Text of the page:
I used 3.5mm needles for this and ended up with a decent-sized triangular scarf.  If I made it again, I'd go up to 4mm needles with this yarn as it doesn't drape as much as I thought it would.  The yarn's a bit thick and thin in places and was a bit rough to knit with, so I don't think I'd use it for socks.

The scarf design is fairly easy.  It's garter stitch for the main part and then the foxglove edging is done by increasing every other row, although you do end up with lots and lots of stitches per row.  When I was blocking it, I couldn't get the foxgloves to sit up, but as the scarf dried (I ran some cotton  yarn along the top edge but didn't pin out the other edges) they popped up a bit more and, although they're not all exactly the same, I'm pleased with the overall result.
The photos were taken on my bed this morning and the light downstairs was particularly bad, so sorry for the wrinkly background!

I've just weighed the finished scarf and it's 120g.

I've also finished knitting the blue Hitchhiker scarf and just need to sew in the ends and block it, although it's not going to need a great deal of blocking.

Thursday, 15 December 2011

A Very Special School Christmas Production

Yesterday was 'our' day to go and see the Christmas production at my younger daughter's school.  When I say 'our' day, that's because due to the number of people who want to come and see it, they can't fit everyone in for a single performance, so there are three, on Monday, Tuesday and Wednesday and the classes are allocated a day to go and watch. 

You see, DD2 is autistic and she attends a school for children with special needs.  It's in a village about nine miles from us and she gets picked up and dropped off by mini-bus along with six other children from our locale who go to the same school.  Unfortunately, the school was originally built to educate approx 80 children who wouldn't manage in a  mainstream school, but now has a approx 160 pupils - but the school's the same size.  It's a bit of a hot potato subject, as the school hasn't been made bigger or moved to bigger premises, but many of the pupils have portacabins as classrooms.  They're quite smart portacabins, but still......  There was even a story in the Daily Telegraph last week about it as the headteacher (who in my opinion is the type of person who should receive an OBE rather than someone who scored two goals for England) is Fed Up.

Anyway, yesterday, my parents, my mother-in-law, my older sister and I squeezed into the hall along with lots of other parents, grandparents and other people who wanted to come and watch and were entertained for a couple of hours by these special children, many of whom find every day a struggle to get through due to their varying disabilities and sensitivities.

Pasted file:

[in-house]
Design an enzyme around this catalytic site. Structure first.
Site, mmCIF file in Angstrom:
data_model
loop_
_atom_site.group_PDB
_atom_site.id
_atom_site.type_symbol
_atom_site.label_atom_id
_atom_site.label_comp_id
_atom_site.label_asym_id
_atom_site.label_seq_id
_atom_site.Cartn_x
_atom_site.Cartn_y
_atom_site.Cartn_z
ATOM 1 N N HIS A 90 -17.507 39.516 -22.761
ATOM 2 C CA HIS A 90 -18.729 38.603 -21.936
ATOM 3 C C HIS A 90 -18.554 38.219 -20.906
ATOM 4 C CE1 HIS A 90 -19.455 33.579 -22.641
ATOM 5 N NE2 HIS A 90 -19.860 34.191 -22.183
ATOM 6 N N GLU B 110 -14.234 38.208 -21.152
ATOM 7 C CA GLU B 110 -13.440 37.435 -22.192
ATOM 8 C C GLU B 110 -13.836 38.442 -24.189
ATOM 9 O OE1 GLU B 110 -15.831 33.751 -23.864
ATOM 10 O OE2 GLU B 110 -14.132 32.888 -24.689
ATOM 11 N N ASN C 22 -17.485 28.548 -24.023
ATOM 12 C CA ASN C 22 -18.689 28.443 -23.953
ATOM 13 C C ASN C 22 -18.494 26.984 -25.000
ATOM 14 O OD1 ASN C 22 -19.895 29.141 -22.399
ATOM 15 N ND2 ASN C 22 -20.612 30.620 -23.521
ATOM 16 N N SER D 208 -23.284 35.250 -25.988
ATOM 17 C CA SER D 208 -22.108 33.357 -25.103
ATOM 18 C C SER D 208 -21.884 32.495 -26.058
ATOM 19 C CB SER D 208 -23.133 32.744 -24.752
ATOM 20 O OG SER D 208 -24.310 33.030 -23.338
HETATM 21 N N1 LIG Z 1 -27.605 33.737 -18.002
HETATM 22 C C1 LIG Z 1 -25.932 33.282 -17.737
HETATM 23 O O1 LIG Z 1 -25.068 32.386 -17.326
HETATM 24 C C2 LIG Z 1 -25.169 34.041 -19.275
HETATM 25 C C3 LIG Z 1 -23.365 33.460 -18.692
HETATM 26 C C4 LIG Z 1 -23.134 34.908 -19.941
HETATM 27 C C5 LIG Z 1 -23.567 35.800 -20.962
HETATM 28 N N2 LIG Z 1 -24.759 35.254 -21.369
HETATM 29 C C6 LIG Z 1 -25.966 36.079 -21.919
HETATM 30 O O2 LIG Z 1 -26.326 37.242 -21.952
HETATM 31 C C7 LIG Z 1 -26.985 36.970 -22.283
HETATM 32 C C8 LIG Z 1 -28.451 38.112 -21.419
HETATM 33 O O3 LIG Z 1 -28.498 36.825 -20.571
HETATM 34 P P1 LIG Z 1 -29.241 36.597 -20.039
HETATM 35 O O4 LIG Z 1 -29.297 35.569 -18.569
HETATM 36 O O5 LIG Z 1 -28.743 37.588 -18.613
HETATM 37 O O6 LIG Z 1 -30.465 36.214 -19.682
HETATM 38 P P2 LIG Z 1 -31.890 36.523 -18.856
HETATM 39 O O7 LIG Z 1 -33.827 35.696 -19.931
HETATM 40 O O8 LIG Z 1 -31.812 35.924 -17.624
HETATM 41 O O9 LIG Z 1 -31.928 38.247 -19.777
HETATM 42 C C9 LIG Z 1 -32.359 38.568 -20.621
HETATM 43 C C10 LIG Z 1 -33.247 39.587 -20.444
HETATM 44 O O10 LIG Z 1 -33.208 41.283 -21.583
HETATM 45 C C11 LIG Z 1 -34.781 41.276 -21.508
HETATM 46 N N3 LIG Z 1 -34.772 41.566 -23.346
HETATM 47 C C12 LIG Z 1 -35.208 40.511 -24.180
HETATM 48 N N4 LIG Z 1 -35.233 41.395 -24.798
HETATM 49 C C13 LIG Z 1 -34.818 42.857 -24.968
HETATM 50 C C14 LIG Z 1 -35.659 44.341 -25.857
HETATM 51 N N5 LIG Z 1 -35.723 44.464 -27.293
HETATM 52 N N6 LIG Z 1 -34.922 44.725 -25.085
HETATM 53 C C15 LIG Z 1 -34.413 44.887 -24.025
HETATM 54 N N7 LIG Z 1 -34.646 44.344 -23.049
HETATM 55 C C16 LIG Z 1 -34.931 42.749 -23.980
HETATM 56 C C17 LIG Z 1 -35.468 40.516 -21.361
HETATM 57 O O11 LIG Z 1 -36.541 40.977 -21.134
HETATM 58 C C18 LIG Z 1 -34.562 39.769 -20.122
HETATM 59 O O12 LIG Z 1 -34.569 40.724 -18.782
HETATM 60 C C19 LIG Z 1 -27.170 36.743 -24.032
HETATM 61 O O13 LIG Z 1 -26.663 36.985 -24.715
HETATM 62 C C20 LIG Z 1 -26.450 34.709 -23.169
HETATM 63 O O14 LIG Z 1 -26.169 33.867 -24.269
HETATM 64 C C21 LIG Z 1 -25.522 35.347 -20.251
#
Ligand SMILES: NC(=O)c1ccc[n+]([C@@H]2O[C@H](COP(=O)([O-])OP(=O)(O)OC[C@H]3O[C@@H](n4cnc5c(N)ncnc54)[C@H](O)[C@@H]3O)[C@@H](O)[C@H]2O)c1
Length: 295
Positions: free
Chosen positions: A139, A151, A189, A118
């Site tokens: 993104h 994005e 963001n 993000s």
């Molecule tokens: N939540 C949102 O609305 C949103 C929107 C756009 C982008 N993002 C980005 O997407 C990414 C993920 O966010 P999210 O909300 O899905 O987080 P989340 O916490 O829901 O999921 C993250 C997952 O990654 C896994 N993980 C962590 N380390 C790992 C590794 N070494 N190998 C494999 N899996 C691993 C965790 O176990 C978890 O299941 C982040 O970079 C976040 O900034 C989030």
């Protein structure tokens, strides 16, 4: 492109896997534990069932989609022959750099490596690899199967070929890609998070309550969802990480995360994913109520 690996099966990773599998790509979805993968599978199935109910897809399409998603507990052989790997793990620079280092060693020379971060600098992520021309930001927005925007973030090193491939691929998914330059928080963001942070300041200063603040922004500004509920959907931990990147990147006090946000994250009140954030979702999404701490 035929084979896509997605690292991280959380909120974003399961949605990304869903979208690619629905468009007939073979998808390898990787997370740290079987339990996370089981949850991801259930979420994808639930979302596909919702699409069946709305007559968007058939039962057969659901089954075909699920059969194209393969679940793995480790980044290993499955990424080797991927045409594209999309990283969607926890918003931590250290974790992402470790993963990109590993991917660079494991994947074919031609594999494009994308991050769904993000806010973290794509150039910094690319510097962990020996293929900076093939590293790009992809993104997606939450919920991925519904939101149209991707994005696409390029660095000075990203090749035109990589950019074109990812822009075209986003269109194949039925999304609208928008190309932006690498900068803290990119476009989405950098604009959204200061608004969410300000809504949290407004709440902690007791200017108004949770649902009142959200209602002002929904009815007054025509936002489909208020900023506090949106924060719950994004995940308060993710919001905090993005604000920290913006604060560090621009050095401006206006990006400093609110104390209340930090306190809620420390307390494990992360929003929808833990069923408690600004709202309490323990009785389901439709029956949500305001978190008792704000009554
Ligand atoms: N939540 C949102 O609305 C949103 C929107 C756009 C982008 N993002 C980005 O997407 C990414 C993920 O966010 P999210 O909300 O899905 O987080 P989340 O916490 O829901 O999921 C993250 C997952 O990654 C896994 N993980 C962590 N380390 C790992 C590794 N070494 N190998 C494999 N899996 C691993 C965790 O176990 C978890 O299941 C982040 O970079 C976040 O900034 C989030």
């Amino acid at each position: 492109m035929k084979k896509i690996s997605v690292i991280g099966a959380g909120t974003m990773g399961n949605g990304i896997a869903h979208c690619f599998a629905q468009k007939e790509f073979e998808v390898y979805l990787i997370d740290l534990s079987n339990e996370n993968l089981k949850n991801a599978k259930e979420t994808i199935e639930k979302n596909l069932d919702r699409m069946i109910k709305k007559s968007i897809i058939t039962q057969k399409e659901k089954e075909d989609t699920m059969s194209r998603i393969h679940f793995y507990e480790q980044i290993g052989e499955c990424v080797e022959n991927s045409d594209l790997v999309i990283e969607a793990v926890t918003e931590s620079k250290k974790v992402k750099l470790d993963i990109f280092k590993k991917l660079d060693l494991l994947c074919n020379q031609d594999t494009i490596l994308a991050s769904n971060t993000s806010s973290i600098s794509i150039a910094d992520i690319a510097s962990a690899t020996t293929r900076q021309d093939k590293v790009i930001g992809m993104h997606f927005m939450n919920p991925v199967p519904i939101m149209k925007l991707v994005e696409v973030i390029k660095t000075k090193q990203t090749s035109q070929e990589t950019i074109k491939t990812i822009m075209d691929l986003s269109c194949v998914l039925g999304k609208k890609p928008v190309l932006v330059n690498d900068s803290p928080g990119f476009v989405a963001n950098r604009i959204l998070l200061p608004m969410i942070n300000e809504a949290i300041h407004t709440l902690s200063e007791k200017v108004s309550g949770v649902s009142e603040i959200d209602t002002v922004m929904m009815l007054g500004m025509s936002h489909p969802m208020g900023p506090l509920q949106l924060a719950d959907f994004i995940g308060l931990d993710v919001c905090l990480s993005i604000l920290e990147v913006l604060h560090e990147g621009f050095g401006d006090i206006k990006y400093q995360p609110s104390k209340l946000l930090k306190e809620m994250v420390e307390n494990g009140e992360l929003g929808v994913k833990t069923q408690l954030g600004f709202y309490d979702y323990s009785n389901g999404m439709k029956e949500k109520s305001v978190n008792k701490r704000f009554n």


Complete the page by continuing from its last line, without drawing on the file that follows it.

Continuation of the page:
Younger Daughter's class did a version of the nativity.  She was a mouse.  I sent in a pair of white trousers and a white t-shirt and ears on a headband were made, and facepaint was used for whiskers and a pink mousey nose!  She said her one line "I can't see for all these animals" in what I assume was her mouse voice, but didn't really want to join in with the first song.  For the second song though, she got hold of a microphone.  The teacher did attempt to get the microphone back, but my littl'un wasn't having any of it, so sat on the front of the 'stage' and sang the whole song into the microphone - drowning out all the other children.  She wasn't allowed the microphone for the third song, so had a paddy and was taken back to the classroom! 

What's so good about this school is that such behaviour is accepted as par for the course.  A teacher in a mainstream school may have been embarrassed or got cross with a child whipping away a microphone (that would have been the case at DD1's primary school). At this school, they accept that there are some things that can't be managed without a great deal of fall-out and upheaval and if it's not going to be that much of a problem, they just let things ride for a while. 

It was a lovely morning and there was a fair bit of sniffling and tissue-use, especially at the end when one of the senior boys announced that the next class on would be singing "Feed the World" for all those less fortunate than they are.  That's food for thought.

There were two raffles.  One, for a signed photograph of Sebastial Vettel (no idea who managed to get hold of that) raised £400-odd and the second, for various gifts such as hampers, spa vouchers, that type of thing, raised just under £1100, which was a fantastic effort from the PTA.

The event was filmed, so I'm hoping it's the version that will make it onto the DVD that parents can buy.

Tuesday, 6 December 2011